Flights to the Philippines
While most people opt for nearby Thailand or Malaysia, those travelers booking flights to the Philippines have one distinct advantage over other travelers: privacy.
The 7,000 or so islands that make up the Philippines are blessed with secluded beaches, friendly people and electric cities seldom explored by tourists.
Most people book flights to the Philippines for its laidback environment. The locals are friendly, English is widely spoken and there’s always a place to stay. Most flights to the Philippines enter through Manila, the country’s capital and a hotspot for excellent shopping, restaurants and nightlife. Keep traveling on local Philippines flights and you’ll land in the rice fields of Banue, where the mountains line the landscape and tourists line the beaches.
Cheap flights to the Philippines and discounted hotel and resort rates can be found throughout the year, as the country has yet to develop a tourist industry that rivals its neighboring countries.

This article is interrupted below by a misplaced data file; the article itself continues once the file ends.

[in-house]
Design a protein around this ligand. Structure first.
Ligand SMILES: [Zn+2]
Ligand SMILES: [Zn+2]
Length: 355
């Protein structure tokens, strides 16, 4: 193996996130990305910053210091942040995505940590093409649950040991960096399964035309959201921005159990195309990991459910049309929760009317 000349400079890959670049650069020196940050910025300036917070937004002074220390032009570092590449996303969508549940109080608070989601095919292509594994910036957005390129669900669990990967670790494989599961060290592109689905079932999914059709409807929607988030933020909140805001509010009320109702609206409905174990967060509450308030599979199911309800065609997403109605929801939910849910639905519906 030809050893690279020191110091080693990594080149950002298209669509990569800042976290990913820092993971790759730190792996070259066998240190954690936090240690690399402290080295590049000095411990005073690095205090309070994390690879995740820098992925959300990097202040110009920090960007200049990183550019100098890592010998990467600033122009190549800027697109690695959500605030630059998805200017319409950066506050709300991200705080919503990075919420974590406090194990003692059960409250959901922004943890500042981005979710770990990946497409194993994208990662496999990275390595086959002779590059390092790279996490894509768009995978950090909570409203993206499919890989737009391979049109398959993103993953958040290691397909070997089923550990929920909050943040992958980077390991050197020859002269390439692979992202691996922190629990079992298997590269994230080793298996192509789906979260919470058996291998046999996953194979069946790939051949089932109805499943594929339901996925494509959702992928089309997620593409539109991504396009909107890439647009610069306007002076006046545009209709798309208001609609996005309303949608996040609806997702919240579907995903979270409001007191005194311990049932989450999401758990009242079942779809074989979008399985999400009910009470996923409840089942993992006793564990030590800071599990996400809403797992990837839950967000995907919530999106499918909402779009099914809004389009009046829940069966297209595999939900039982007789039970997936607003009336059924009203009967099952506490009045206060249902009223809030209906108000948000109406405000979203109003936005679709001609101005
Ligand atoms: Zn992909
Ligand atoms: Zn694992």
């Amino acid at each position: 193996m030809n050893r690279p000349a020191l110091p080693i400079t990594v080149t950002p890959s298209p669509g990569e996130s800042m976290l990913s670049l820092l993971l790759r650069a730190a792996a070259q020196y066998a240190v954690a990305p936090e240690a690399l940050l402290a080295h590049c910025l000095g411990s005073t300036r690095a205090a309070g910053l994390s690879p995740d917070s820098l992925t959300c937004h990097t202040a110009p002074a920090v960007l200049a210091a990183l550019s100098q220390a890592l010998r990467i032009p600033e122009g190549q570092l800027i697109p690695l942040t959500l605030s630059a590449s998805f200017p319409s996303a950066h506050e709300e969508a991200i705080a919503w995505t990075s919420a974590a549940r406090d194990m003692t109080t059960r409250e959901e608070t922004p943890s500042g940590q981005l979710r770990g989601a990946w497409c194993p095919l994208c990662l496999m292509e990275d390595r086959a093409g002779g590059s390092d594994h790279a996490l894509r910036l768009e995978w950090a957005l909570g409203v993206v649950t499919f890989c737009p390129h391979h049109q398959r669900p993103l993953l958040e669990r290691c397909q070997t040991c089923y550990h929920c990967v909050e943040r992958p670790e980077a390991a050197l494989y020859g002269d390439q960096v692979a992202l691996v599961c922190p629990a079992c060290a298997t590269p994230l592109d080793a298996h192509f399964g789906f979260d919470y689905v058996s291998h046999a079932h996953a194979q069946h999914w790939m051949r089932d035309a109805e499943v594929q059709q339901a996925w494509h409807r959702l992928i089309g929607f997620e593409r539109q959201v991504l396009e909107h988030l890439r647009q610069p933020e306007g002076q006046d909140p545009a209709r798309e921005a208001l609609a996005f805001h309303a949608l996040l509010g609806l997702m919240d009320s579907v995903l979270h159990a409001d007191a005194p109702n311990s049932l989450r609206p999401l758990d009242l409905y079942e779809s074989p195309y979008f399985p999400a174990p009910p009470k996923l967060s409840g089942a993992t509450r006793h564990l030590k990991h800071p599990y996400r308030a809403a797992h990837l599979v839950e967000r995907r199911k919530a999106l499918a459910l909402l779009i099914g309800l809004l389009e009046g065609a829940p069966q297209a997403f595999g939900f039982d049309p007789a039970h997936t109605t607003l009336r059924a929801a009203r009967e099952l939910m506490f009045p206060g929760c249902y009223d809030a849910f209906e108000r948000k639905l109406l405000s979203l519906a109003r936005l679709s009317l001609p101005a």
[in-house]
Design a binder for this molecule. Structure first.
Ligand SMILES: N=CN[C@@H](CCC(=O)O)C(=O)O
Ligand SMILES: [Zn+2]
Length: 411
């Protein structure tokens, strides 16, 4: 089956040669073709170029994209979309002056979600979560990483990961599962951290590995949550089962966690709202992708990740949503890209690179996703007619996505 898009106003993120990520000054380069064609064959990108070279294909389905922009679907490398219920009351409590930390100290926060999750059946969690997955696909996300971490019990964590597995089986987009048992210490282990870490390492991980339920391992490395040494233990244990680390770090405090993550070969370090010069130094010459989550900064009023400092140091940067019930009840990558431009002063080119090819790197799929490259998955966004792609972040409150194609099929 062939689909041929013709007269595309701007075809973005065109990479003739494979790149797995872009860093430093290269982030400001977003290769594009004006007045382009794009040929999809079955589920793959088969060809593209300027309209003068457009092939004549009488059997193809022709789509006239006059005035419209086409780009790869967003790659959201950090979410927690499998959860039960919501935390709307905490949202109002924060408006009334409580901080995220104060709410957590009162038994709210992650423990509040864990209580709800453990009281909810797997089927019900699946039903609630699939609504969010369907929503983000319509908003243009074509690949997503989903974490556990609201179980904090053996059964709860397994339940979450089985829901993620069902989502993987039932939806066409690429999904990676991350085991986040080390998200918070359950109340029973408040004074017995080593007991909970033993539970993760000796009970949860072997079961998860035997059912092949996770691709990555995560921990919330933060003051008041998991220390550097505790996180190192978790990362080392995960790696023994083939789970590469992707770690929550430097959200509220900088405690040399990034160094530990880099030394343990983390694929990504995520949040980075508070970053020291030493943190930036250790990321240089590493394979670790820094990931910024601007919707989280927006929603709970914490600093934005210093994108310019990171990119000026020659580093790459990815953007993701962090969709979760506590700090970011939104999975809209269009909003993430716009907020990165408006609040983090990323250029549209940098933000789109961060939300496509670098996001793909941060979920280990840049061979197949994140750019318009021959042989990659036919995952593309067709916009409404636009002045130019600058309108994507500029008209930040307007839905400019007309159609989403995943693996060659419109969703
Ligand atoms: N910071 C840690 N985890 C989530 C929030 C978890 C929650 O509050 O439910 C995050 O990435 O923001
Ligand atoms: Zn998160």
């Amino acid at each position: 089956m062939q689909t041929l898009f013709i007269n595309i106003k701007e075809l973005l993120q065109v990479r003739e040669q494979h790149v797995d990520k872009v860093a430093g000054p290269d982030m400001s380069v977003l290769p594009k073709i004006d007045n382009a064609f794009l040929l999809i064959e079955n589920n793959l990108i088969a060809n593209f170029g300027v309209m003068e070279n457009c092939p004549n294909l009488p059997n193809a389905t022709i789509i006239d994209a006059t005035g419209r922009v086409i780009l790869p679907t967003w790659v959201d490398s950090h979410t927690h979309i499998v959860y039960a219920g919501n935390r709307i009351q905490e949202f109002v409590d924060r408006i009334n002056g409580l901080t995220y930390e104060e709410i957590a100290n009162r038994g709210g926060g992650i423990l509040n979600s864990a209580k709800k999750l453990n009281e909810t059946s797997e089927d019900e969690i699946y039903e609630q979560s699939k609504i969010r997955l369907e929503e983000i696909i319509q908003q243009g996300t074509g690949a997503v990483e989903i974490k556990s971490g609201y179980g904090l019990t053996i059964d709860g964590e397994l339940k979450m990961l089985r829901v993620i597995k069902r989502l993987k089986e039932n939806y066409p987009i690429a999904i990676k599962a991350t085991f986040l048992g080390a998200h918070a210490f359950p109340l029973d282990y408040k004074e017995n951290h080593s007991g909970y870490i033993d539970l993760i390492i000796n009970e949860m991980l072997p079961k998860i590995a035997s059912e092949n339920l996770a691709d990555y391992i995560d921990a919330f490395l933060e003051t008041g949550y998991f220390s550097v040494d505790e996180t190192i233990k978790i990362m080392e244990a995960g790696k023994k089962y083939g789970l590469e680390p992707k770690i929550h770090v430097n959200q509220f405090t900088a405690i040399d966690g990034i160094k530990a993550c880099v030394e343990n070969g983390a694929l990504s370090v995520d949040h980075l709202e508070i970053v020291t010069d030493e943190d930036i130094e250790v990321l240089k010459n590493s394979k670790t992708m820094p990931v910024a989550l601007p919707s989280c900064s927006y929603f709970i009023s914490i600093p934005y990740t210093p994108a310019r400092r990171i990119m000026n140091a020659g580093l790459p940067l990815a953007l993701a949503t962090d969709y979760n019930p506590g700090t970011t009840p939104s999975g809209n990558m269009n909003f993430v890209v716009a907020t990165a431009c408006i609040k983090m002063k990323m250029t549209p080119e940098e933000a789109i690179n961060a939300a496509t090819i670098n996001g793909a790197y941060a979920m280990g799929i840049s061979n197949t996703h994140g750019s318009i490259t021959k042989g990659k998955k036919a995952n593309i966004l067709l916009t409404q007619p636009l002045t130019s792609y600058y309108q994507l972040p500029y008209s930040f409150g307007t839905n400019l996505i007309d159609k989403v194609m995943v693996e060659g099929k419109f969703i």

Book a flight to the Philippines to experience a fusion of Spanish and Chinese history.
The flag carrier, Philippine Airlines, offers domestic Philippine flights and international flights from the Philippines. It links Manila with 19 destinations including Naga, Cebu, Butuan, Davao, Zamboanga and Puerto Princesa.
Other airlines offering domestic Philippine flights include Air Philippines, South East Asian Airlines, Cebu Pacific, and Asian Asian Spirit Airlines. Charter (helicopter and small-to-medium sized airplanes) flights are also available.
Ferry services connect the islands while cruise liners dock at the port of Manila.
Philippine National Railways operates the Metrotren. It stretches south to Carmona and Cavite and north to Meycauayan, Bulacan. In Metro Manila, the Light Railway Transit runs from Caloocan to Baclaran.
Other ways of getting around the country include taxis, buses, trikes and the jeepney. The jeepney is a classic, inspired by the American World War II army jeeps. When the American soldiers left the Philippines, surplus jeeps were sold or given to local people. The stripped-down jeeps were fitted with seats, decorated with ornaments and painted in bright colours.
The calesa is a rather touristy way of getting around. It is a traditional horse-drawn carriage brightly decorated that was introduced during the years that Spain was ruler.